1a : a fluid secreted by the mammary glands of females for the nourishment of their young; b (1) : milk from an animal and especially a cow used as food by people (2) : a food product produced from seeds or fruit that resembles and is used similarly to cow’s milk<coconut milk> <soy milk>
2: a liquid resembling milk in appearance: such as a : the latex of a plant; b : the contents of an unripe kernel of grain
– Merriam-Webster Dictionary
On behalf of a skittish dairy industry, Sen. Tammy Baldwin has introduced the Defending Against Imitations and Replacements of Yogurt, milk and cheese to Promote Regular Intake of Dairy Everyday Act, or the Dairy Pride Act.
The bill would require that plant-based beverages such as almond and hemp milk could “no longer be confusingly labeled with dairy terms like milk, yogurt and cheese.”
Besides implying that consumers are not very bright, clearly, the dictionary definition of milk refers to more than liquid from a mammary gland. So what prompted this unprecedented attempt by the dairy industry to hijack the word with the help of Sen. Baldwin?
In a news release announcing the bill, dairy farmers from across the state voice their support for the bill, including Jim Smidel of Brothers Smidel Farms, LLP in Kewaunee: “As a proud Wisconsin dairy farmer, I support Tammy Baldwin’s efforts to introduce the Dairy Pride Act. I know the economic struggles we dairy farmers face on a daily basis, as I am also an Ag Lender, helping through the low milk prices of 2015 and 2016. We don’t need competition from plant-based drinks being labeled as milk and sending a false message to consumers, and also falsely advertising them as being better than cow’s milk. When compared on nutrients and price, cow’s milk still comes out on top. I am opposed to all false labeling of food products that aren’t true dairy products.”
“This is just a political play honestly,” said Michele Simon, executive director of the Plant Based Foods Association. “There is nothing about how plant-based products are labeled that threatens cow’s milk.”
Perhaps it’s because of the phenomenal growth in plant-based milks. Sales of almond milk alone have grown 250 percent since 2010, amounting to $894.6 million in sales in 2015, according to the Nielsen Company. That represents about five percent of the milk market. During the same period, the dairy milk market shrunk by more than $1 billion.
In a one-sheet guide to this bill, the question is posed, “Why is this bill important?”
The answer is a self-serving nod to the dairy industry and also a matter of debate.
“Dairy products are an important part of a healthy diet for both children and adults,” the Dairy Pride Act one-sheet states. “The 2015 Dietary Guidelines for Americans, published by the U.S. Department of Health and Human Services and the U.S. Department of Agriculture, found that most Americans are not meeting recommended intake for the dairy food group.”
While the official U.S. food pyramid puts dairy products near the top of the heap, an eating pyramid produced by Harvard Medical School and the its T.H. Chan School of Public Health declares dairy products should be limited.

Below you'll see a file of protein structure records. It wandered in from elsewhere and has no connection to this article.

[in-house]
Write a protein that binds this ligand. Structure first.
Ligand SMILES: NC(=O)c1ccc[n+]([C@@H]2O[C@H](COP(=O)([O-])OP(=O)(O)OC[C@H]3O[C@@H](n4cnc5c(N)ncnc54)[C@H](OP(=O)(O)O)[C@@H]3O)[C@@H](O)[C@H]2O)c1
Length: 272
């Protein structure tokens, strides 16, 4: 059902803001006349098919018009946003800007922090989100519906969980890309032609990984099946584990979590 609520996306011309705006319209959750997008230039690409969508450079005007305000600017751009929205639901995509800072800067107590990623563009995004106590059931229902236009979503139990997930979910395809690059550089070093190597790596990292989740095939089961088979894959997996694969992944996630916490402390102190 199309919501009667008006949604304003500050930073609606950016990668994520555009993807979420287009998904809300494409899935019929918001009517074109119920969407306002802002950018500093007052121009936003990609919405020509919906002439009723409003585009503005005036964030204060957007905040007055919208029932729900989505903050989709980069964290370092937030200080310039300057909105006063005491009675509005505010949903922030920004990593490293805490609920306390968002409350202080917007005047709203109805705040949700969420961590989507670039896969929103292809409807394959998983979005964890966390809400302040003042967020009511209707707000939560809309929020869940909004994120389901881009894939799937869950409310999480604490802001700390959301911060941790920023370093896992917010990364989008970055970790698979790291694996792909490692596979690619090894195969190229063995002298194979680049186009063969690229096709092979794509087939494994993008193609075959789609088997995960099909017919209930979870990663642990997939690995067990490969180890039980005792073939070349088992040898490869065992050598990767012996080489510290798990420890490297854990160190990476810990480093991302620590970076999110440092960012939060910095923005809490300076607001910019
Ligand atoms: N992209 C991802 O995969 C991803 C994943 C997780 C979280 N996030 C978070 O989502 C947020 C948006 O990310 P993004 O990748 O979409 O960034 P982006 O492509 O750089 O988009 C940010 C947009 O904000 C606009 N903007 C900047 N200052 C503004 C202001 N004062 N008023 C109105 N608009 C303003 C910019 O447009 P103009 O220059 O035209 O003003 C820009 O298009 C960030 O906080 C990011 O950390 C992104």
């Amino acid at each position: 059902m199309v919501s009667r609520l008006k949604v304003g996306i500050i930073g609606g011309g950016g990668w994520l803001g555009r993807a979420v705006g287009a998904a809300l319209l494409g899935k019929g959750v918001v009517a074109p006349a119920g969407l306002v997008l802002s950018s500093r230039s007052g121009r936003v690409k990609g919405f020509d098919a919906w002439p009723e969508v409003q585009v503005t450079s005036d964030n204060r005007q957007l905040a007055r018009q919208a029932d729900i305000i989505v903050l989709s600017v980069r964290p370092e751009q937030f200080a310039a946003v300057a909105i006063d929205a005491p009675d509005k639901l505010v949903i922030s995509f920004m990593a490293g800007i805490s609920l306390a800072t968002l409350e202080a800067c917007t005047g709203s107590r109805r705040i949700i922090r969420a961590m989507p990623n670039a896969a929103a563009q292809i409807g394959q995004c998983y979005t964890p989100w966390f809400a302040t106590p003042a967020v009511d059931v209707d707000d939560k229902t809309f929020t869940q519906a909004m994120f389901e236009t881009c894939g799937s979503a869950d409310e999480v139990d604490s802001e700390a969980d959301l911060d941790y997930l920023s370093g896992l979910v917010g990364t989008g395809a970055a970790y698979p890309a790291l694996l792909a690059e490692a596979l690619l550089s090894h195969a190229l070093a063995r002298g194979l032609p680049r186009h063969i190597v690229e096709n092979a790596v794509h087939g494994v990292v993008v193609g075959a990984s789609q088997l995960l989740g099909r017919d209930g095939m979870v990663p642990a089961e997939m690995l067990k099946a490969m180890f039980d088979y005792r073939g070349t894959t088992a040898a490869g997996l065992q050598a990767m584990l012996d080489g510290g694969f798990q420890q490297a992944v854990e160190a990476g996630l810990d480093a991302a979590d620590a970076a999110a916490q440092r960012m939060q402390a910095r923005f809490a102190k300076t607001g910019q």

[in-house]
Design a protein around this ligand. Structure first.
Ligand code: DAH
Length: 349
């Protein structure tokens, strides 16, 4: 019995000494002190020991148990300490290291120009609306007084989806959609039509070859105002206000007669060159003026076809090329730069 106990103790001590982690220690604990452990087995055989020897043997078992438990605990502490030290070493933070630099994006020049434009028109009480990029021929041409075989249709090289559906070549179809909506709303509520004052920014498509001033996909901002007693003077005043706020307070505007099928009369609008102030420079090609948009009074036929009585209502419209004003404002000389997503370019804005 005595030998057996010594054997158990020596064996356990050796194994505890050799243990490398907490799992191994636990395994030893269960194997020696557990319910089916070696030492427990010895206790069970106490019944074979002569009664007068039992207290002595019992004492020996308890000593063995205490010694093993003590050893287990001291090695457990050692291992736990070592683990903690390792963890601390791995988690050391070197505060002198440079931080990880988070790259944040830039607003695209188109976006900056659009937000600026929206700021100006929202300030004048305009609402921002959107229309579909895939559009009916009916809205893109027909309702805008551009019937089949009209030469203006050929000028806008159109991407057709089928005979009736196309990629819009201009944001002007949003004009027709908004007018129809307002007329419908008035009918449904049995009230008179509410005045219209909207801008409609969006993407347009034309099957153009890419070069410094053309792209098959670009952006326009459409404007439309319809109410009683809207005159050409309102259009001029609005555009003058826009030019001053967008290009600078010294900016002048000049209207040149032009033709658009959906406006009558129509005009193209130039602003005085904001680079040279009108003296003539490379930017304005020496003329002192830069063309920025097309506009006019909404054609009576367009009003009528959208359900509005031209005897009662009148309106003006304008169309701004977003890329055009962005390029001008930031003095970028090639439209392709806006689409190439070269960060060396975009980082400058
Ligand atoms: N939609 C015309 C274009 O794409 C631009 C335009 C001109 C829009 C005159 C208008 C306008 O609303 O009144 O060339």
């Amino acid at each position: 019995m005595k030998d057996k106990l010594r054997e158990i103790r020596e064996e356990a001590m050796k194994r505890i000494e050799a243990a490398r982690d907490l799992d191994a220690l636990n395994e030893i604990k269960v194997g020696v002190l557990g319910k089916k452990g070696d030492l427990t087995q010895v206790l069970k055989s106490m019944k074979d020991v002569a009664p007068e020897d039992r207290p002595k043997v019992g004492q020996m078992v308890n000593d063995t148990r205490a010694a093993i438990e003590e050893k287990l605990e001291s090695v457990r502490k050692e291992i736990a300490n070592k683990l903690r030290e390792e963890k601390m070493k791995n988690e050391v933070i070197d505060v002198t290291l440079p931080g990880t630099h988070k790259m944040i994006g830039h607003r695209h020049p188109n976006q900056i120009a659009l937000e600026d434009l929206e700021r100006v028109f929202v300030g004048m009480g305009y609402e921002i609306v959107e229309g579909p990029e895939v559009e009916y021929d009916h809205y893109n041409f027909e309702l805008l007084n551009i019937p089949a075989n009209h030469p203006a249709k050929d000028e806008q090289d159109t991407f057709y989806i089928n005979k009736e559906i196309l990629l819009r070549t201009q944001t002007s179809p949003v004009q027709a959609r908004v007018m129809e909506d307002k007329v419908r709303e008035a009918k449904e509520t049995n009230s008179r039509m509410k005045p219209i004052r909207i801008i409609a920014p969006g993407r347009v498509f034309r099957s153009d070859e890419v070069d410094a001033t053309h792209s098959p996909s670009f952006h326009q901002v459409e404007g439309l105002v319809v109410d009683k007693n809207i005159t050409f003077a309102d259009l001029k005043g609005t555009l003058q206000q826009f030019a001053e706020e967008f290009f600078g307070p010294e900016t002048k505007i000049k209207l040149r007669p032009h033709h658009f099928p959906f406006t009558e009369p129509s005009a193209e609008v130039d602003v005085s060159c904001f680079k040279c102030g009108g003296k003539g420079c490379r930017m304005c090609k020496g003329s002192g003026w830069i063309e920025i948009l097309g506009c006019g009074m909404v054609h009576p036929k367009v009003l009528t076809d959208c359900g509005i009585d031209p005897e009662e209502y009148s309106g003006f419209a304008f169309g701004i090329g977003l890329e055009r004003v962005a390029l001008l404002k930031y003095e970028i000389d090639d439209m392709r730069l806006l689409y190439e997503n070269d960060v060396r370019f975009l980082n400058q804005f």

“While calcium and dairy can lower the risk of osteoporosis and colon cancer, high intake can increase the risk of prostate cancer and possibly ovarian cancer. Plus, dairy products can be high in saturated fat as well as retinol (vitamin A), which at high levels can paradoxically weaken bones,” the Harvard website states, suggesting that people get their calcium instead from collards, bok choy, baked beans, supplements and fortified soy milk.
There is research out there that cow’s milk – specifically designed for calves – is detrimental to human health, such as a broad, 12-year Harvard study that found women who consumed the most calcium from milk broke more bones than those who rarely drank milk, and a report in the American Journal of Epidemiology that found “Consumption of dairy products, particularly at age 20 years, was associated with an increased risk of hip fracture in old age.”
Amy Lanou, nutrition director for the Physicians Committee for Responsible Medicine in Washington, D.C., has stated: “The countries with the highest rates of osteoporosis are the ones where people drink the most milk and have the most calcium in their diets. The connection between calcium consumption and bone health is actually very weak, and the connection between dairy consumption and bone health is almost nonexistent.”
But the portion of this bill that makes Adam Goettelman of the Healthy Way Market in Sturgeon Bay laugh out loud is the assumption that consumers are being deceived by alternative dairy products. The Healthy Way Market carries a variety of dairy alternatives.
“The hypocrisy in this just blows my mind,” he said. “And we need somebody to look out for us and tell us what’s in that container because, heaven almighty, if I put something in my mouth or body that I didn’t educate myself on, I need somebody else to blame for it.”
He believes consumers are smarter than the Dairy Pride Act gives them credit for.
“My customers are an educated bunch,” he said. “They don’t want the antibiotics and they don’t want the animal cruelty. We do sell one brand of cow milk that comes from a small Mennonite farm in the middle of the state that has great animal husbandry and does ultra-low pasteurizing, just enough to get by the state code. My customers are aware and looking for that. The demographic shopping my store, they know what the difference is, they know what they’re looking for. They’re putting their lives in their own hands.”